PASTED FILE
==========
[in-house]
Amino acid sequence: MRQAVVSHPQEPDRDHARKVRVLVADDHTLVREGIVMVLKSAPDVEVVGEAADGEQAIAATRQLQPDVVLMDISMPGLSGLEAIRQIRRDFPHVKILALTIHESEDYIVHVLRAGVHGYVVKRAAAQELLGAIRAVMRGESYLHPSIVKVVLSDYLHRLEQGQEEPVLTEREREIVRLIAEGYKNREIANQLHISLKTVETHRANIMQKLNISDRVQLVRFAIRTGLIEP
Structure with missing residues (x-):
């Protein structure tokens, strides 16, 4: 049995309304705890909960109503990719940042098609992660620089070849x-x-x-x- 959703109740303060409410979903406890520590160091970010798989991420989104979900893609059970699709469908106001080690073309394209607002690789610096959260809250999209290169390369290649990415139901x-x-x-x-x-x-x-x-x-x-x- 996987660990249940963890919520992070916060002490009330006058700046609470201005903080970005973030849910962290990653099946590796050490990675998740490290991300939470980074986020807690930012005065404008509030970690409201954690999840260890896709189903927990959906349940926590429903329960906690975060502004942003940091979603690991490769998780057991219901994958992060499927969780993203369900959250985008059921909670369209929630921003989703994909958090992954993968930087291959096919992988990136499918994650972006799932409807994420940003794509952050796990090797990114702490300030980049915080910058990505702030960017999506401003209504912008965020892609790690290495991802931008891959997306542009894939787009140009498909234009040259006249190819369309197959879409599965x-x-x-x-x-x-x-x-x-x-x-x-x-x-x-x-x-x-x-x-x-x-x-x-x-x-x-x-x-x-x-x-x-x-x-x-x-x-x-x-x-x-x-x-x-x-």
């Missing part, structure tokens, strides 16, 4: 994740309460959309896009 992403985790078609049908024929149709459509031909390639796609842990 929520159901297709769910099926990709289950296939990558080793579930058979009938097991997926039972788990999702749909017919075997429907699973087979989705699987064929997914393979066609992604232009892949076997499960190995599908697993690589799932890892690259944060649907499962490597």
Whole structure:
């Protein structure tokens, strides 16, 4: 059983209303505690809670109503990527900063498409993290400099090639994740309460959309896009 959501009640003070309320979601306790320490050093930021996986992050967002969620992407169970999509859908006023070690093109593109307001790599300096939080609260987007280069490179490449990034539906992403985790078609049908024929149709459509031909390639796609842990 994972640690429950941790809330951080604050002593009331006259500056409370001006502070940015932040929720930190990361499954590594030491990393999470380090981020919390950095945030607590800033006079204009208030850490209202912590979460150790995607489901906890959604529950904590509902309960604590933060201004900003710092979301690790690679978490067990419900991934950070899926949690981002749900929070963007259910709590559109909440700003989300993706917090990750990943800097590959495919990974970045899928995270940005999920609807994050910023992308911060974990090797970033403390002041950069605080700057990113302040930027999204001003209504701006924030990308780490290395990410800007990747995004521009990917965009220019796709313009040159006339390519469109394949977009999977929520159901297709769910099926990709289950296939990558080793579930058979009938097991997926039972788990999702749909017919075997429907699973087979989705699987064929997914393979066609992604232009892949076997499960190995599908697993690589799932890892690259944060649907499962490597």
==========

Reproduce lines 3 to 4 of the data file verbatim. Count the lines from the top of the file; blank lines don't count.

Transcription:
Structure with missing residues (x-):
């Protein structure tokens, strides 16, 4: 049995309304705890909960109503990719940042098609992660620089070849x-x-x-x- 959703109740303060409410979903406890520590160091970010798989991420989104979900893609059970699709469908106001080690073309394209607002690789610096959260809250999209290169390369290649990415139901x-x-x-x-x-x-x-x-x-x-x- 996987660990249940963890919520992070916060002490009330006058700046609470201005903080970005973030849910962290990653099946590796050490990675998740490290991300939470980074986020807690930012005065404008509030970690409201954690999840260890896709189903927990959906349940926590429903329960906690975060502004942003940091979603690991490769998780057991219901994958992060499927969780993203369900959250985008059921909670369209929630921003989703994909958090992954993968930087291959096919992988990136499918994650972006799932409807994420940003794509952050796990090797990114702490300030980049915080910058990505702030960017999506401003209504912008965020892609790690290495991802931008891959997306542009894939787009140009498909234009040259006249190819369309197959879409599965x-x-x-x-x-x-x-x-x-x-x-x-x-x-x-x-x-x-x-x-x-x-x-x-x-x-x-x-x-x-x-x-x-x-x-x-x-x-x-x-x-x-x-x-x-x-």